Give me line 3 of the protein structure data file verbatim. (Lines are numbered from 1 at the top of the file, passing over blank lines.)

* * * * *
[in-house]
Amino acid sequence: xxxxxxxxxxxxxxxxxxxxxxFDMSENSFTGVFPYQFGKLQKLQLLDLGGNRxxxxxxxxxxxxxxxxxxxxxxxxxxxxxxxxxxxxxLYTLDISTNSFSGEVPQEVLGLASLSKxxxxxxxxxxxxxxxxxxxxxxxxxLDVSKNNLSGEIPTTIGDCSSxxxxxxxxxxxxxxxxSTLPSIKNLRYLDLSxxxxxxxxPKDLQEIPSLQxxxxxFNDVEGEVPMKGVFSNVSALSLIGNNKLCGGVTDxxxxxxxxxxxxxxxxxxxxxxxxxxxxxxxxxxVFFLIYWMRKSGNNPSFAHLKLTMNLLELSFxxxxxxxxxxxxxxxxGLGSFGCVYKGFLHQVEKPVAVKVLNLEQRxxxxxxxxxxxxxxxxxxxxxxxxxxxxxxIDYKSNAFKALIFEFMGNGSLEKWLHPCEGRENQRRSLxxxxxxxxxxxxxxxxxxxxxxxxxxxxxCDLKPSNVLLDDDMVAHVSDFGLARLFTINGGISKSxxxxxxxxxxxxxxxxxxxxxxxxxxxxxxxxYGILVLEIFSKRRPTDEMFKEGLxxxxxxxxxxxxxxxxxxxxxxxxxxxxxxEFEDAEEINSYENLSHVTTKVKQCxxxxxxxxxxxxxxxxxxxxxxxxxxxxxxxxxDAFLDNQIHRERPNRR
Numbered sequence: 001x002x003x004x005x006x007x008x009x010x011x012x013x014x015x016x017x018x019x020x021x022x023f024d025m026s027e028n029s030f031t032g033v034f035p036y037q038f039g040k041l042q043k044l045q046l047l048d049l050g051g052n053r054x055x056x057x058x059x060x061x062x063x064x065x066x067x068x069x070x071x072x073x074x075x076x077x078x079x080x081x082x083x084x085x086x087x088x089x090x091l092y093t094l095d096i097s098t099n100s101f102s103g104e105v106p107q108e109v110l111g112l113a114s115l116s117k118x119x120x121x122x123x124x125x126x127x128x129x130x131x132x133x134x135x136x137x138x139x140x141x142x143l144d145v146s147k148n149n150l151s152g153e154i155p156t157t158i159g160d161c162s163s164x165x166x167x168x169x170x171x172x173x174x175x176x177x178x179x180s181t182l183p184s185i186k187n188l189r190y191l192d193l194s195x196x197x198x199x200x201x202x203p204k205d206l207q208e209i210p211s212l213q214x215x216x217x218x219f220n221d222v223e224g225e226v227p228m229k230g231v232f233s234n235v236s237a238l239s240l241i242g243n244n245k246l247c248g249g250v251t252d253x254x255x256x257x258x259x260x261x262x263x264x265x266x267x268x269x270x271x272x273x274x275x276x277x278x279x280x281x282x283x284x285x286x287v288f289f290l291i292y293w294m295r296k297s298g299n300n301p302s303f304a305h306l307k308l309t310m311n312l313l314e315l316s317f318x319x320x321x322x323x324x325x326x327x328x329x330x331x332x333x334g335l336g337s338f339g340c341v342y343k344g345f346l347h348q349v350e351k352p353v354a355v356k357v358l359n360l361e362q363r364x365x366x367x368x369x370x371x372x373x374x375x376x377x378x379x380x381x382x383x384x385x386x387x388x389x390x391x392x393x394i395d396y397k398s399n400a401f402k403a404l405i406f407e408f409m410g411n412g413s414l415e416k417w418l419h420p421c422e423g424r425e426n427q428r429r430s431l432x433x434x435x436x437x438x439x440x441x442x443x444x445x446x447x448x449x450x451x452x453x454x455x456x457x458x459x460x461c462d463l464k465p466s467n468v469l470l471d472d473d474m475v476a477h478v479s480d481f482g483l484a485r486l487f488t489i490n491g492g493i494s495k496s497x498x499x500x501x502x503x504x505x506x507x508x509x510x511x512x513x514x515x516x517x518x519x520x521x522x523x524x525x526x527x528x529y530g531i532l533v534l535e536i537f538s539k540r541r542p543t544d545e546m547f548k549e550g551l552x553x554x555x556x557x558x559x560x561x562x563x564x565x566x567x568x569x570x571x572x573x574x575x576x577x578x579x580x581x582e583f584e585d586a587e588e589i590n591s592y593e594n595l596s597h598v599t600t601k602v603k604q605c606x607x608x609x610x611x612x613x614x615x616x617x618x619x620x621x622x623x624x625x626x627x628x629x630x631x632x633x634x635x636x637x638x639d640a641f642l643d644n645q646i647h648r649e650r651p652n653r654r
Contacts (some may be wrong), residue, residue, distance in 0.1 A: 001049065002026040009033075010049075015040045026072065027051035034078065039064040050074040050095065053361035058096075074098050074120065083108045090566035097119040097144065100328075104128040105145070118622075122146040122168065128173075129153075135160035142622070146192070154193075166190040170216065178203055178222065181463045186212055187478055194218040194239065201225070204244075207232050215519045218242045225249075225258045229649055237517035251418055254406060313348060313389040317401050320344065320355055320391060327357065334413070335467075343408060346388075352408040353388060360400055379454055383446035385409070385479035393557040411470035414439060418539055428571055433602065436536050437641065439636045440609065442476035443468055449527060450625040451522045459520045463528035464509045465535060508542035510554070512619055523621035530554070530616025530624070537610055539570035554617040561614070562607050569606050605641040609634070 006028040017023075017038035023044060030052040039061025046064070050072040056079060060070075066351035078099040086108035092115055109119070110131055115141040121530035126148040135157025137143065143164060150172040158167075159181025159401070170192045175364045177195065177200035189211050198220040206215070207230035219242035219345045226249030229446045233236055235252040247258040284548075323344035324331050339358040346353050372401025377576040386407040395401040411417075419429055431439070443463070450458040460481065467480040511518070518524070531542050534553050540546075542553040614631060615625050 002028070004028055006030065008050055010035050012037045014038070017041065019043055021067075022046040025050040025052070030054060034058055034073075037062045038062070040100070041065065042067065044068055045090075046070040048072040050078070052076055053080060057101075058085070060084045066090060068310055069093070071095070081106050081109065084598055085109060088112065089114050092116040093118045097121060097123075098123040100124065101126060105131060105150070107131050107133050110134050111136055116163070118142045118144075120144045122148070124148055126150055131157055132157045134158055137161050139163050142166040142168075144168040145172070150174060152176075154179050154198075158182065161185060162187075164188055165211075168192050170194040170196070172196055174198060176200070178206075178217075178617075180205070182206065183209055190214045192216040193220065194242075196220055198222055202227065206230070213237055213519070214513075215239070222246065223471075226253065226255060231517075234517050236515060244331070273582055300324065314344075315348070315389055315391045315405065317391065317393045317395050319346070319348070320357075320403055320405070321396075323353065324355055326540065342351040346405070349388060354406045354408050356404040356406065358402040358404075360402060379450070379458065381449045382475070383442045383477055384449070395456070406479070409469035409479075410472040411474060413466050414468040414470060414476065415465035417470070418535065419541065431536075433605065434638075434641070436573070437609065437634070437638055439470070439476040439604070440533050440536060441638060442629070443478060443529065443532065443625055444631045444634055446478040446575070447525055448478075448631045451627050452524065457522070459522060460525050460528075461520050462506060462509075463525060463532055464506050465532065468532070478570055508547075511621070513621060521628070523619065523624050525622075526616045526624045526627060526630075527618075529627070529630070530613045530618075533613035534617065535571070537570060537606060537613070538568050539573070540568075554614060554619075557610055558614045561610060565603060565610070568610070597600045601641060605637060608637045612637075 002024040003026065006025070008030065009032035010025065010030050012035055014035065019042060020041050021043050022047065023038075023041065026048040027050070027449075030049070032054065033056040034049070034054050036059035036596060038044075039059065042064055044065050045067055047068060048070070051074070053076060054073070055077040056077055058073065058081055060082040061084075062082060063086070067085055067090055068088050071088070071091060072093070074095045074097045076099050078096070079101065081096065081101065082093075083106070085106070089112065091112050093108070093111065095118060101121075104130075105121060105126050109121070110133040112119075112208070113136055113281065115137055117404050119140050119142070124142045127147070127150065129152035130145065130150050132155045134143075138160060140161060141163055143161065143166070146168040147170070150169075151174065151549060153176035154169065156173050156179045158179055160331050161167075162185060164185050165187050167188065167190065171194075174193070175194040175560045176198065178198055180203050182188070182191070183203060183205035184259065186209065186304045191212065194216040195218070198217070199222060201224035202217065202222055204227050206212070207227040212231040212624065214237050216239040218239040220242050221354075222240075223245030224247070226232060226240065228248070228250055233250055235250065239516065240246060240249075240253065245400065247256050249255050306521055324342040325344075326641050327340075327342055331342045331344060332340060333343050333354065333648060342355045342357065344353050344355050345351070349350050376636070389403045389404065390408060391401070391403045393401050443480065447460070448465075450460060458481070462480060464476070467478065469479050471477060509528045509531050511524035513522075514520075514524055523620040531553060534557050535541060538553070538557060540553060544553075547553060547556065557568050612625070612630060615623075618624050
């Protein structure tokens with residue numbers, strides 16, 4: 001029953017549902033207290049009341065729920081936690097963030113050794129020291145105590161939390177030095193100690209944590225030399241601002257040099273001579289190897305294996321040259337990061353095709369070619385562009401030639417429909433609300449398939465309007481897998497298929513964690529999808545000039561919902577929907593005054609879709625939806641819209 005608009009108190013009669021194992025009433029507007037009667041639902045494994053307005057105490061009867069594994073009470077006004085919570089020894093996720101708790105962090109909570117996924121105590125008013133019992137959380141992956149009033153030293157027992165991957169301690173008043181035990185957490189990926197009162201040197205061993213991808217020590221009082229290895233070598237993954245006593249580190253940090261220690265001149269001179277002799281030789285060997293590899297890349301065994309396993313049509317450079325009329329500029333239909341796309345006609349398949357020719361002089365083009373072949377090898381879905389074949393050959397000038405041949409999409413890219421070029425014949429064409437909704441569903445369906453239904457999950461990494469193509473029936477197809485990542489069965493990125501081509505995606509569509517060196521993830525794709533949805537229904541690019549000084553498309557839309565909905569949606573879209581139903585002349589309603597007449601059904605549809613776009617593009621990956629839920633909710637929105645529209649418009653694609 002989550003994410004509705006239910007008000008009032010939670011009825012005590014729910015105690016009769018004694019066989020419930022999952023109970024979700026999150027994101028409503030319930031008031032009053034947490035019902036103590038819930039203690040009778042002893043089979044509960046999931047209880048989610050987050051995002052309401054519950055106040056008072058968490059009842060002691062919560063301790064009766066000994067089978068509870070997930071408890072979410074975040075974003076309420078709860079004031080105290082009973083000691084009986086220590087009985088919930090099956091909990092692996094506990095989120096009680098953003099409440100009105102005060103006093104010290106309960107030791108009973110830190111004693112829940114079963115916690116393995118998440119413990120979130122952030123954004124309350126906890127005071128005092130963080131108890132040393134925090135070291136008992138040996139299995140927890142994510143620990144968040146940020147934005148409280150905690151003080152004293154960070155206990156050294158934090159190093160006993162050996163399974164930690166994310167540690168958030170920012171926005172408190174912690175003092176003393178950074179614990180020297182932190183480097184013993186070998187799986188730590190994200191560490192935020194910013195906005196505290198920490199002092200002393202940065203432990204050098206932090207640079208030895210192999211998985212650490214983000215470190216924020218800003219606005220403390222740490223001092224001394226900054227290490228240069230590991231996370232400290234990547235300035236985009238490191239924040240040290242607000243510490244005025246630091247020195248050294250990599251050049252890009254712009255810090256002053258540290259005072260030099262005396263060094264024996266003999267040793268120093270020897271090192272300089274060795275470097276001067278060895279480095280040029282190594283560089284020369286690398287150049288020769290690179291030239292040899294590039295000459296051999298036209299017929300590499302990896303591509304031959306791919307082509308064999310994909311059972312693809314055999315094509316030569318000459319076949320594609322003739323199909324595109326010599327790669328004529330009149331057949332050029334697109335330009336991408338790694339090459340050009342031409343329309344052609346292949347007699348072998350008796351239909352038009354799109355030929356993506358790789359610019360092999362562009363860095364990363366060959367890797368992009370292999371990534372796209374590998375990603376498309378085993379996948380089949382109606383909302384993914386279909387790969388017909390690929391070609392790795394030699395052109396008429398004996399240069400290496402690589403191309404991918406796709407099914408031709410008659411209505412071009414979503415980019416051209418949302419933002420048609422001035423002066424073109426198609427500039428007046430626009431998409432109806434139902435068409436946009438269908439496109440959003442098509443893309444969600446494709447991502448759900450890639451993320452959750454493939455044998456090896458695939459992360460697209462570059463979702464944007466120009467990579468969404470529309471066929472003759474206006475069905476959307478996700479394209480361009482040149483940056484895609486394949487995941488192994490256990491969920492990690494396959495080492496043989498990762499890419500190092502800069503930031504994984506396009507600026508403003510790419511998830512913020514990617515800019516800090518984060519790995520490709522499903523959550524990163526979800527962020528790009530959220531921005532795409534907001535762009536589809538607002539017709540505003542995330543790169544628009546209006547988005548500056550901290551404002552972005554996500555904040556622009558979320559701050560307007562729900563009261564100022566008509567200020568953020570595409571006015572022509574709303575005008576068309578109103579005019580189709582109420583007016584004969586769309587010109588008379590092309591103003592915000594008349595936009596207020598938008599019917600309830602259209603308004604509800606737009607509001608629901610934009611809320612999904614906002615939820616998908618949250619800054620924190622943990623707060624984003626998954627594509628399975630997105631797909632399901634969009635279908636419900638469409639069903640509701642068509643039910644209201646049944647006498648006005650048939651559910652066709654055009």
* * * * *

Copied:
Numbered sequence: 001x002x003x004x005x006x007x008x009x010x011x012x013x014x015x016x017x018x019x020x021x022x023f024d025m026s027e028n029s030f031t032g033v034f035p036y037q038f039g040k041l042q043k044l045q046l047l048d049l050g051g052n053r054x055x056x057x058x059x060x061x062x063x064x065x066x067x068x069x070x071x072x073x074x075x076x077x078x079x080x081x082x083x084x085x086x087x088x089x090x091l092y093t094l095d096i097s098t099n100s101f102s103g104e105v106p107q108e109v110l111g112l113a114s115l116s117k118x119x120x121x122x123x124x125x126x127x128x129x130x131x132x133x134x135x136x137x138x139x140x141x142x143l144d145v146s147k148n149n150l151s152g153e154i155p156t157t158i159g160d161c162s163s164x165x166x167x168x169x170x171x172x173x174x175x176x177x178x179x180s181t182l183p184s185i186k187n188l189r190y191l192d193l194s195x196x197x198x199x200x201x202x203p204k205d206l207q208e209i210p211s212l213q214x215x216x217x218x219f220n221d222v223e224g225e226v227p228m229k230g231v232f233s234n235v236s237a238l239s240l241i242g243n244n245k246l247c248g249g250v251t252d253x254x255x256x257x258x259x260x261x262x263x264x265x266x267x268x269x270x271x272x273x274x275x276x277x278x279x280x281x282x283x284x285x286x287v288f289f290l291i292y293w294m295r296k297s298g299n300n301p302s303f304a305h306l307k308l309t310m311n312l313l314e315l316s317f318x319x320x321x322x323x324x325x326x327x328x329x330x331x332x333x334g335l336g337s338f339g340c341v342y343k344g345f346l347h348q349v350e351k352p353v354a355v356k357v358l359n360l361e362q363r364x365x366x367x368x369x370x371x372x373x374x375x376x377x378x379x380x381x382x383x384x385x386x387x388x389x390x391x392x393x394i395d396y397k398s399n400a401f402k403a404l405i406f407e408f409m410g411n412g413s414l415e416k417w418l419h420p421c422e423g424r425e426n427q428r429r430s431l432x433x434x435x436x437x438x439x440x441x442x443x444x445x446x447x448x449x450x451x452x453x454x455x456x457x458x459x460x461c462d463l464k465p466s467n468v469l470l471d472d473d474m475v476a477h478v479s480d481f482g483l484a485r486l487f488t489i490n491g492g493i494s495k496s497x498x499x500x501x502x503x504x505x506x507x508x509x510x511x512x513x514x515x516x517x518x519x520x521x522x523x524x525x526x527x528x529y530g531i532l533v534l535e536i537f538s539k540r541r542p543t544d545e546m547f548k549e550g551l552x553x554x555x556x557x558x559x560x561x562x563x564x565x566x567x568x569x570x571x572x573x574x575x576x577x578x579x580x581x582e583f584e585d586a587e588e589i590n591s592y593e594n595l596s597h598v599t600t601k602v603k604q605c606x607x608x609x610x611x612x613x614x615x616x617x618x619x620x621x622x623x624x625x626x627x628x629x630x631x632x633x634x635x636x637x638x639d640a641f642l643d644n645q646i647h648r649e650r651p652n653r654r